The developer brothers Wayne Hollo and Jerome Hollo, sons of the legendary real estate figure Tibor Hollo, are educated, seasoned and they possess rare expertise. They also don’t mince words; they exude the aura of getting things done. Wayne, who is older, serves as executive vice president of Florida East Coast Realty, while Jerome—Wayne calls him Jerry—is also an executive vice president, as well as chief operating officer and chief legal officer, the last remit by virtue of his law degree; his tenure with the firm of Rosenthal, Rosenthal, and Rasco; and his election to the board of directors of the Miami-Dade County Bar Association (where he served for three years).
As for the 95-year-old Tibor, the Budapest-born Holocaust survivor who founded his company more than 60 years ago, serves as FECR’s chairman and president. The youngest generation is represented by Wayne’s accomplished son Austin, who joined the company in 2009 and serves as senior vice president.
To hear Wayne and Jerome tell it, it was Tibor who grasped the future of Miami as a place of vertical living and working when others did not. He was the visionary; everything FECR has done derives from Tibor’s imagination and moxie, from his ability to look toward the sky and see what Miami could be.
“It was probably the early ’70s when I was a very young child and I remember going to a public hearing in the city about the Omni complex, and it was a very controversial hearing,” says Wayne of Tibor’s early mixed-use project. “There were many people supporting us and many people not supporting us for that development. And it dawned on me that it’s not an easy job, that there are people who are going to oppose you, and you have to find your way through that—that’s part of a new development, a new concept, a new vision.” How was Tibor able to persuade the naysayers and win the day? “With his charm, his intelligence and with facts,” Wayne says.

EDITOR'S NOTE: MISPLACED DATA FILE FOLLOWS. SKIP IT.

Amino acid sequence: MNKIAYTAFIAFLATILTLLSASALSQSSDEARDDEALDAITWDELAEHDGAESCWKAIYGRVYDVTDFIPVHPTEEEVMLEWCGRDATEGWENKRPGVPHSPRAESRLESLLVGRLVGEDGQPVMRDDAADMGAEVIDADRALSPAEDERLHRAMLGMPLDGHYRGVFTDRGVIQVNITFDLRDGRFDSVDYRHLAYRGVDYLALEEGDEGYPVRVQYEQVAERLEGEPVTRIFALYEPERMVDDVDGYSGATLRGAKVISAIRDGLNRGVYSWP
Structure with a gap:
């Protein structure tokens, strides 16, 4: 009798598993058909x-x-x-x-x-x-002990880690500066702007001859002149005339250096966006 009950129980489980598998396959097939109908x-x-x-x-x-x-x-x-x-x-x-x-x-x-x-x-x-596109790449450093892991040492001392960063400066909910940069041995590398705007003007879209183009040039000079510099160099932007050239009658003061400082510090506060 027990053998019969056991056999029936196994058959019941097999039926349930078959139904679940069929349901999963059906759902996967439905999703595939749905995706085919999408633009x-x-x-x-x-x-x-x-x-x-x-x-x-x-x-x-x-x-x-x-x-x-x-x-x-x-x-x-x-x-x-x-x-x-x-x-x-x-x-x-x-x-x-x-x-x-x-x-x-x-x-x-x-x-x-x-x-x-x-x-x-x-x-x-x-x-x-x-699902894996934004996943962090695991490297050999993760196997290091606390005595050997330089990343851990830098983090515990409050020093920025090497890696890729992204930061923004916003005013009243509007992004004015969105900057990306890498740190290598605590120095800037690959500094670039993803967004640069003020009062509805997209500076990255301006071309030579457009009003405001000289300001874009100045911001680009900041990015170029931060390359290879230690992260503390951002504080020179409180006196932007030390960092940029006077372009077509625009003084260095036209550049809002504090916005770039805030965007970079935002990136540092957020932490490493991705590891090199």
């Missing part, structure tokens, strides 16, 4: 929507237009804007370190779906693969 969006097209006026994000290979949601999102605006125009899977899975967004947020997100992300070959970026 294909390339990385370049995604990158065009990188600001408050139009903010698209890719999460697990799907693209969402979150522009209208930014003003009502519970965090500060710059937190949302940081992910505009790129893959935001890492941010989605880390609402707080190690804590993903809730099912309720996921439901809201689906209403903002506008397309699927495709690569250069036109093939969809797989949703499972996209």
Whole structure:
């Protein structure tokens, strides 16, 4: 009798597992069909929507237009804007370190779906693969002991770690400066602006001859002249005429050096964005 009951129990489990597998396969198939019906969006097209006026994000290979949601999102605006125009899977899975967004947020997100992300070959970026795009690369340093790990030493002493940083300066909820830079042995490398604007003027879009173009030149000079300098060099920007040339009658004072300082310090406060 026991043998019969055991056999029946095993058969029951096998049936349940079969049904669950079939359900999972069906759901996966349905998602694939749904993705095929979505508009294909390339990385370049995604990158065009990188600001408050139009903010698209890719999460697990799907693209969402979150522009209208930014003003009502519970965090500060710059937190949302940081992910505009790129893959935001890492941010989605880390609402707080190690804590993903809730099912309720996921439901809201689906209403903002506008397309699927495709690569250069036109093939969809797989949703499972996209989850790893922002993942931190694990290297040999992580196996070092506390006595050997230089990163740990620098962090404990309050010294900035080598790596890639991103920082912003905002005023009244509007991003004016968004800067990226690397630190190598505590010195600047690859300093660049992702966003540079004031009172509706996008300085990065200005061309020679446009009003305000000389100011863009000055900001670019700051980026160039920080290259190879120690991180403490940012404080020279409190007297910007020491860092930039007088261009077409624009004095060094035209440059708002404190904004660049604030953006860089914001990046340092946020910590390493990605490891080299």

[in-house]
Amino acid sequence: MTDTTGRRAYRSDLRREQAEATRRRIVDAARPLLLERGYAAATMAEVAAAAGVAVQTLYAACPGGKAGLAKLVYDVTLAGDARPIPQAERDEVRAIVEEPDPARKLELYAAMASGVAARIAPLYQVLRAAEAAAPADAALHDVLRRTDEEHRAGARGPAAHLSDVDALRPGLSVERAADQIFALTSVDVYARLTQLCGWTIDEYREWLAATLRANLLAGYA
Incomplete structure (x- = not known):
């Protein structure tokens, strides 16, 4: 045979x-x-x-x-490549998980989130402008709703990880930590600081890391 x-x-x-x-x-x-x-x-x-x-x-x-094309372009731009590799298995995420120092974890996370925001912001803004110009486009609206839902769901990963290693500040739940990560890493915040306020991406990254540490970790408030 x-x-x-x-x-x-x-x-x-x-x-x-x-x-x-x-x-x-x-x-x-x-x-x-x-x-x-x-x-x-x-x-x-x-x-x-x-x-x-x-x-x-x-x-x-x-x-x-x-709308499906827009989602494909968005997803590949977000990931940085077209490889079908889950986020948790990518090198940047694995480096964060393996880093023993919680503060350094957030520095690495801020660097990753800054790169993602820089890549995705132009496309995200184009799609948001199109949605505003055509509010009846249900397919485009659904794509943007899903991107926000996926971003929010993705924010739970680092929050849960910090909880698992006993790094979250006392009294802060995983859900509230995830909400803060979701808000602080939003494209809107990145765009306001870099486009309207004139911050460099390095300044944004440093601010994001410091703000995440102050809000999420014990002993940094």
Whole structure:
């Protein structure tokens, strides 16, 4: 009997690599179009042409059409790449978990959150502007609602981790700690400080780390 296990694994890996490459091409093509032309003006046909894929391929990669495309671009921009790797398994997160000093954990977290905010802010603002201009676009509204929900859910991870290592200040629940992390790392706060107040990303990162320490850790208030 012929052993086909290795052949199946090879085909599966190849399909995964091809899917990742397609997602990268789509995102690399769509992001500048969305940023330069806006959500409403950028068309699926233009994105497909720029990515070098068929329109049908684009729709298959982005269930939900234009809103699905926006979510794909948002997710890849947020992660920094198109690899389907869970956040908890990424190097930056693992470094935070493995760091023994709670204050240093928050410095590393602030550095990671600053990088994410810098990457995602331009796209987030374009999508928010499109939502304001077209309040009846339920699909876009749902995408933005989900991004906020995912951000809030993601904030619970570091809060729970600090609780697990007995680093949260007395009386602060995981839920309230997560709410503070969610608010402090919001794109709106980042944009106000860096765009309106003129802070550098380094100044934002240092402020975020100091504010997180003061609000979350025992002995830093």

“Let’s not kid ourselves,” Jerome says. “It’s hard work and it’s perseverance. Development can be very polarizing. To my father’s credit, he has been ahead of the curve in urbanism in South Florida. He’s always spoken of the efficiency—especially when you don’t have a lot of land—of urban development. Vertical developments take fewer resources to build and run than a horizontal development”—the latter requiring “more roads to service single-family homes, many more miles of sewer and water systems and electric systems.”
“Take Panorama,” Jerome continues, unsurprisingly, since the 85-story mixed-use tower—the tallest residential building south of Manhattan, completed in 2018—has become FECR’s touchstone. “Eight hundred and twenty-one single-family homes in a development would look much different than the vertical project.”
Jerome also shares a memory of his father’s farsightedness. “When I was very young, my father met with the city leaders at that time and he said, ‘Guys, we need a tunnel under Brickell.’ Back then, it would cost them a few million dollars, not to say that wasn’t a lot back then, but it certainly wouldn’t have cost what it would cost now. Those are the type of ideas that I recognized my father had. Otherwise, you can just take a look at the developments he’s done: There’s the Grand [the 3.4 million-square-foot mixed-use project, now known as the Venetia, on Biscayne Bay] that still hasn’t been replicated to this day.” It is comprised of 810 luxury condominiums, 80,000 square feet of commercial space, a variety of dining locations, and a full athletic club and spa. Additionally, this 42-story project contains 212 luxurious hotel suites, which presently operate as a DoubleTree hotel. “Then there’s the Panorama, and now onto our new project, One Bayfront Plaza. Love him or don’t love him, he’s certainly a visionary.”